Summer is a time for riding bikes, staying up late and splashing in the pool or lake. It’s also a time of special risk for reading skill loss. Kids who don’t read during summer break — especially those from low income families — can lose up to two to three months of reading skills, which can add up to an entire grade level by the time they reach middle school.
This summer 18,359 children and teens in Greene County (31% of all county youth) participated in Springfield-Greene County Library’s Summer Reading Program. Of that number, over one third participated in the program through Library Outreach programs at Boys & Girls Clubs, YMCA’s and other area youth facilities.
Parents surveyed said that their kids were excited about reading and that they loved the programs, activities and incentives. The kids were proud of their accomplishments, and they developed a love of reading that will serve them life long.
The Summer Reading Program is made possible partly through proceeds from the Friends of the Library book sales, and grants from The Library Foundation. The Library couldn’t reach this many children without our supporters. Thank you for helping kids love to read!
Grants from The Library Foundation helped support Turning Points, a week-long series of Civil War lectures and events that drew over 1,000 people to the Springfield-Greene County Library in July. The series was developed in response to the overwhelming public feedback asking for additional Civil War programming following the very popular Battle of Springfield programs held at the Library this past January. Turning Points explored and commemorated major Civil War events that transpired in 1863.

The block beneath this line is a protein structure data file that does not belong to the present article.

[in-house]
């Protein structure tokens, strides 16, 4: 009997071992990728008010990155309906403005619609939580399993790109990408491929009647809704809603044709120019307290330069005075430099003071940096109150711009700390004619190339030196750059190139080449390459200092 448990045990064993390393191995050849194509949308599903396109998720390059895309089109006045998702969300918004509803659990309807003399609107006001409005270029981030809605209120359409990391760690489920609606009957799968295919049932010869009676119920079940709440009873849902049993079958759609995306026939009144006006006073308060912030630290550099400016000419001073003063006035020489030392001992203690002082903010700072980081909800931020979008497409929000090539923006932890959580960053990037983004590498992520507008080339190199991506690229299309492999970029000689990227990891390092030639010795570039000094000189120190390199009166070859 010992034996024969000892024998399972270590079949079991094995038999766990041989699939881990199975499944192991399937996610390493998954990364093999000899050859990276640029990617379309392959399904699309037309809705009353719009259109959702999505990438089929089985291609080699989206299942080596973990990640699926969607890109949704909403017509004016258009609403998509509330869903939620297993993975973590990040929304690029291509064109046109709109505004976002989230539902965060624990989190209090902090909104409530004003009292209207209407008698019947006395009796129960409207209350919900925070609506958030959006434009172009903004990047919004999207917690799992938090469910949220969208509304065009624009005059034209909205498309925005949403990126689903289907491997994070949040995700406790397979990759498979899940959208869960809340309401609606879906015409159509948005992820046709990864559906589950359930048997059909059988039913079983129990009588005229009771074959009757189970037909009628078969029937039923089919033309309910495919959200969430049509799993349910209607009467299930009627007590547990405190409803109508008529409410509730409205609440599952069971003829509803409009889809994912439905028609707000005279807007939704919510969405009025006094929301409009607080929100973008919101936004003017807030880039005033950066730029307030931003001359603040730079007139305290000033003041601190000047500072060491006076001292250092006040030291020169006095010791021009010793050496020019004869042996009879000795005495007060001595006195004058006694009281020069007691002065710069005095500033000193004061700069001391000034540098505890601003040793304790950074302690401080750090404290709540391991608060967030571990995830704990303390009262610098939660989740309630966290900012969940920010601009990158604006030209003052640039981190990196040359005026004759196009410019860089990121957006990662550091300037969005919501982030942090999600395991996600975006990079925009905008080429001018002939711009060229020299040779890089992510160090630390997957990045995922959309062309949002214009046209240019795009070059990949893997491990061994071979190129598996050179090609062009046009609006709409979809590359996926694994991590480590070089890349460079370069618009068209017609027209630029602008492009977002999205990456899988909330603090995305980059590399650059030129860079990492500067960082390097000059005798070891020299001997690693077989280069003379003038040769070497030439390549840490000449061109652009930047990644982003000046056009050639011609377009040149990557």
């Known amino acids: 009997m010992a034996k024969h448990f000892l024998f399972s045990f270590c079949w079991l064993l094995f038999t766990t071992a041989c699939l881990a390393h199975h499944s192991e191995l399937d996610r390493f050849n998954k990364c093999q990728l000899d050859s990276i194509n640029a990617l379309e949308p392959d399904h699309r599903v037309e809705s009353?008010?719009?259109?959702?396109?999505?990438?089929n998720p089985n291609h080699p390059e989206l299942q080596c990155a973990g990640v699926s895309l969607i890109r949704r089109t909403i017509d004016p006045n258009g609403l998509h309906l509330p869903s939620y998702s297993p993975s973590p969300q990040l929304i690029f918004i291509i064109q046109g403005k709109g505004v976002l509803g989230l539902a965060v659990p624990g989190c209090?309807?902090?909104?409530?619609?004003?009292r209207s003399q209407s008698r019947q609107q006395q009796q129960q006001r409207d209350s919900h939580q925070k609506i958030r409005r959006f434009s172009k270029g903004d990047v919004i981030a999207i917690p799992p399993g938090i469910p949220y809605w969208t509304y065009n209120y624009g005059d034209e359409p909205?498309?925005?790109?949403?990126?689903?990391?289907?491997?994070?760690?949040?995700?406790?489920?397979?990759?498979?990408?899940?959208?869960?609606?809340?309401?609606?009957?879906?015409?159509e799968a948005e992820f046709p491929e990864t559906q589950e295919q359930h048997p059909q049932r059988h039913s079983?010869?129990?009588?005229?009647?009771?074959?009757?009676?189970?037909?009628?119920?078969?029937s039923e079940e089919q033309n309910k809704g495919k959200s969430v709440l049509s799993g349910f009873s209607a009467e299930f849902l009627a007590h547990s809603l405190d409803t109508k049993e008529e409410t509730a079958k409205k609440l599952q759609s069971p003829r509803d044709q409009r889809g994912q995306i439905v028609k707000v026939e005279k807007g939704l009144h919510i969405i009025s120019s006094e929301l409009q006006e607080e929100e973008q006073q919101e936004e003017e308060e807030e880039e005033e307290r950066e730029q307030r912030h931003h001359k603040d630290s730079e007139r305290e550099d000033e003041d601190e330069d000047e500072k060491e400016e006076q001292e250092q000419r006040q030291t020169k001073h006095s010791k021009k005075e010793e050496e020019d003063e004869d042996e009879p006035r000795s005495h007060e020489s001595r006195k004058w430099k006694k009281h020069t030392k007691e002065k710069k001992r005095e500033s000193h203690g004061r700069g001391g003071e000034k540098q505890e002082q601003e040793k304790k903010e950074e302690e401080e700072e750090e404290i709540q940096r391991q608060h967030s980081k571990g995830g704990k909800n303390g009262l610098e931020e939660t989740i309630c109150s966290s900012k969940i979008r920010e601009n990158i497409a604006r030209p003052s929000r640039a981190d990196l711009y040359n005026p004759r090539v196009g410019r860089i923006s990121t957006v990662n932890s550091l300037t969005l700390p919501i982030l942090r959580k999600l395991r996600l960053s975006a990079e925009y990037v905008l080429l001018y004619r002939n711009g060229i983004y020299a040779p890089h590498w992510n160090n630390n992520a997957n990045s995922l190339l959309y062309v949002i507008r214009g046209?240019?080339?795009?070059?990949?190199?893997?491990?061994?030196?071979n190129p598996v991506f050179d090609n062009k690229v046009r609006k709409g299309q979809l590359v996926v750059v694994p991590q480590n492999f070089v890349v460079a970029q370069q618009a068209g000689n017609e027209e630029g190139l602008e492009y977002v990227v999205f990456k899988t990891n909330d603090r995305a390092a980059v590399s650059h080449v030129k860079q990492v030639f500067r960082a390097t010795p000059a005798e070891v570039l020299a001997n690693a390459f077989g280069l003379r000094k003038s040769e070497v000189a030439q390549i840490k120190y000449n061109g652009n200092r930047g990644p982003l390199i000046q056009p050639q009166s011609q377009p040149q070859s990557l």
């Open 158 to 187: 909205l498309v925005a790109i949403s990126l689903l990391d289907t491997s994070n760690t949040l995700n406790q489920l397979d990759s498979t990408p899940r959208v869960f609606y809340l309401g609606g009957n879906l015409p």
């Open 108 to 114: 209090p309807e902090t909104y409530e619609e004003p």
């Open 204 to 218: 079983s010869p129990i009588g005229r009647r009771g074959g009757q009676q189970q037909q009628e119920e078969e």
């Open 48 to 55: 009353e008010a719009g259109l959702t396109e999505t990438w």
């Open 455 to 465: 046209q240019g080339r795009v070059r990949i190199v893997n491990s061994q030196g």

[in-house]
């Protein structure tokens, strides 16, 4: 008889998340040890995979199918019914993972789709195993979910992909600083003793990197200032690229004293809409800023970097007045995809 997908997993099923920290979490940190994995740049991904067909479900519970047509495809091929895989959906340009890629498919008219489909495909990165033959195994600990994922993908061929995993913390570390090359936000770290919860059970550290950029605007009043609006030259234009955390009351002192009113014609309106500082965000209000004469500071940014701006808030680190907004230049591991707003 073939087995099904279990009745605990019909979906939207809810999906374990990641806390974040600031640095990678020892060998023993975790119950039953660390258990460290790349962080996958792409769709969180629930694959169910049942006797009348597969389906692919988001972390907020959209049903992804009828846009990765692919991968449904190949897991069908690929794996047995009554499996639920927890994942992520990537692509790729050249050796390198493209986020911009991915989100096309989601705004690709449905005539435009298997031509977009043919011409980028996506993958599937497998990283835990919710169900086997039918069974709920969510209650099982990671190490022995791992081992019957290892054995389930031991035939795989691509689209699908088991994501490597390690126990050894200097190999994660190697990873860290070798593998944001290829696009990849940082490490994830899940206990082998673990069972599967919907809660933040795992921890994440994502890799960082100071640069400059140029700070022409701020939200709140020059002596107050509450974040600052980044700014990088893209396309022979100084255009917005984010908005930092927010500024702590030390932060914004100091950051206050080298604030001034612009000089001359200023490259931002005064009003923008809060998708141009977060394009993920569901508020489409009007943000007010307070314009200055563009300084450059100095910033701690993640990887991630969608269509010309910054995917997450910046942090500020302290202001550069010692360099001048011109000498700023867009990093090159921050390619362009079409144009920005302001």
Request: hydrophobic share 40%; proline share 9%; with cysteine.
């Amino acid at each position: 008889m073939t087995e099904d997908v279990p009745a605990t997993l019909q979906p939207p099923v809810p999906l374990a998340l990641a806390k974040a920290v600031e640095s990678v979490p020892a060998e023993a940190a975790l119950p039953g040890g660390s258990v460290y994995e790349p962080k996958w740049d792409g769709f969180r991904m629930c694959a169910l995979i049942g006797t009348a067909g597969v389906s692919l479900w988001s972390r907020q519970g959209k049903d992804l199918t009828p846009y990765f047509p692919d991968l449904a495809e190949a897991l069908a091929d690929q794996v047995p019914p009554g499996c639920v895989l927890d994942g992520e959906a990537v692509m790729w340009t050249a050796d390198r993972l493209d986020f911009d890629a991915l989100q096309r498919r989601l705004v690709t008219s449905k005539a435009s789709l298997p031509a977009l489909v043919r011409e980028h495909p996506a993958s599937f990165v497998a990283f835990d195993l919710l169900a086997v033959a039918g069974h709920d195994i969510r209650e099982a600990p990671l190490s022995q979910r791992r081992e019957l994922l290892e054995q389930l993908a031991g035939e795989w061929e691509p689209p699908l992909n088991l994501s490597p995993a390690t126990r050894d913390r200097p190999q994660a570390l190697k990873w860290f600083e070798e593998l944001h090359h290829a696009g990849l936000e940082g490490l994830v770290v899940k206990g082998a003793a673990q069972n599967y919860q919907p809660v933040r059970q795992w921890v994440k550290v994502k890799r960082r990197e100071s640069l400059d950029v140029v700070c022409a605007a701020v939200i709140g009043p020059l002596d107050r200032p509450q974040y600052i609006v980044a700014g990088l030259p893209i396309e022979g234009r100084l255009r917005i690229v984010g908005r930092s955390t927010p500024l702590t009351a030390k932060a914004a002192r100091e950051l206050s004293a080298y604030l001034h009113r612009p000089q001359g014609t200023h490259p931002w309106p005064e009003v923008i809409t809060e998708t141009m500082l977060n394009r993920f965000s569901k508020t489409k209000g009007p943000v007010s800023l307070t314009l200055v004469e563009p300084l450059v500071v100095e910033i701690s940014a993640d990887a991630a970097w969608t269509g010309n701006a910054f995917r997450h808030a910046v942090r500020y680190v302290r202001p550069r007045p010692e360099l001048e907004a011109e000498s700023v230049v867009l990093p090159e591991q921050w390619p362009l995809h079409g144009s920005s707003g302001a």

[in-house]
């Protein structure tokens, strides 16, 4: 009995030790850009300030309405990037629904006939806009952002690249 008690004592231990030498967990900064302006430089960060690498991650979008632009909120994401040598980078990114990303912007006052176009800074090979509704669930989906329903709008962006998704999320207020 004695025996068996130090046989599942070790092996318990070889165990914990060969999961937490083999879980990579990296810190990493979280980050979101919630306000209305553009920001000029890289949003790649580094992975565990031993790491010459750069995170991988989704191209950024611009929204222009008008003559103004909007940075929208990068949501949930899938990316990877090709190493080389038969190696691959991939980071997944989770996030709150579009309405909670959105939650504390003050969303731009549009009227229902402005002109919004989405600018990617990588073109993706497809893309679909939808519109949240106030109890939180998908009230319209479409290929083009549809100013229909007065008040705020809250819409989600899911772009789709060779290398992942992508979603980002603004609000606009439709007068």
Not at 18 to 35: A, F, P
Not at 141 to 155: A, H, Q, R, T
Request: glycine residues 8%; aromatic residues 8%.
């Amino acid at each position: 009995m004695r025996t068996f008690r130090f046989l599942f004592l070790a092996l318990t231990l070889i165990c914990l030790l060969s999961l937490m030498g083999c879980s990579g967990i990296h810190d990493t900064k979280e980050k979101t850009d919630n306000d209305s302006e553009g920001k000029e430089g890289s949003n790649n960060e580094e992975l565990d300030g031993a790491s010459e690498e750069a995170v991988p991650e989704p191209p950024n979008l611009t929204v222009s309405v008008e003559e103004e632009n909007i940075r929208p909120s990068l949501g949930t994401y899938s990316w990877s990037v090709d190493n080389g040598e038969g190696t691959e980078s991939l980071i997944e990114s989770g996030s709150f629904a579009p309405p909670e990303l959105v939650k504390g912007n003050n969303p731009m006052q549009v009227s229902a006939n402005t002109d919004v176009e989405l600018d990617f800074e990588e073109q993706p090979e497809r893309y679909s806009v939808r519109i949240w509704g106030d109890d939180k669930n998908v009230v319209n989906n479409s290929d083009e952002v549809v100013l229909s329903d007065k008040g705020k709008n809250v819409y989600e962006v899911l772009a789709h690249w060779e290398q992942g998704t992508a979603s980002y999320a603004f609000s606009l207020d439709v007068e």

The Library Foundation provided donor-designated funds to host a presentation on the capture of Little Rock by noted author and Civil War historian Mark Christ. Funds from The Library Foundation’s Cultural Arts Endowment Fund also helped sponsor a concert at the Library Center by Granville Automatic, with singer-songwriters Vanessa Olivarez and Elizabeth Elkins performing haunting and lyrical compositions inspired by the Civil War.
“I want to thank The Library Foundation for their support of the Turning Points series this past July,” said Brian Grubbs, Local History Department Manager for the Springfield-Greene County Library District, and organizer of the series. Grubbs stated that many Library patrons commented on how much they enjoyed the series and asked when the next Civil War series was planned. Based on the high level of interest, a series commemorating Sterling Price’s raid in Missouri, as well as other national Civil War-related events, is being considered for the fall of 2014.
The Library Foundation depends on donations from individuals, businesses and foundations to be able to support programs such as Turning Points. Your tax-deductible contribution to The Library Foundation can be made online and can be designated for particular programs or services provided by the Library.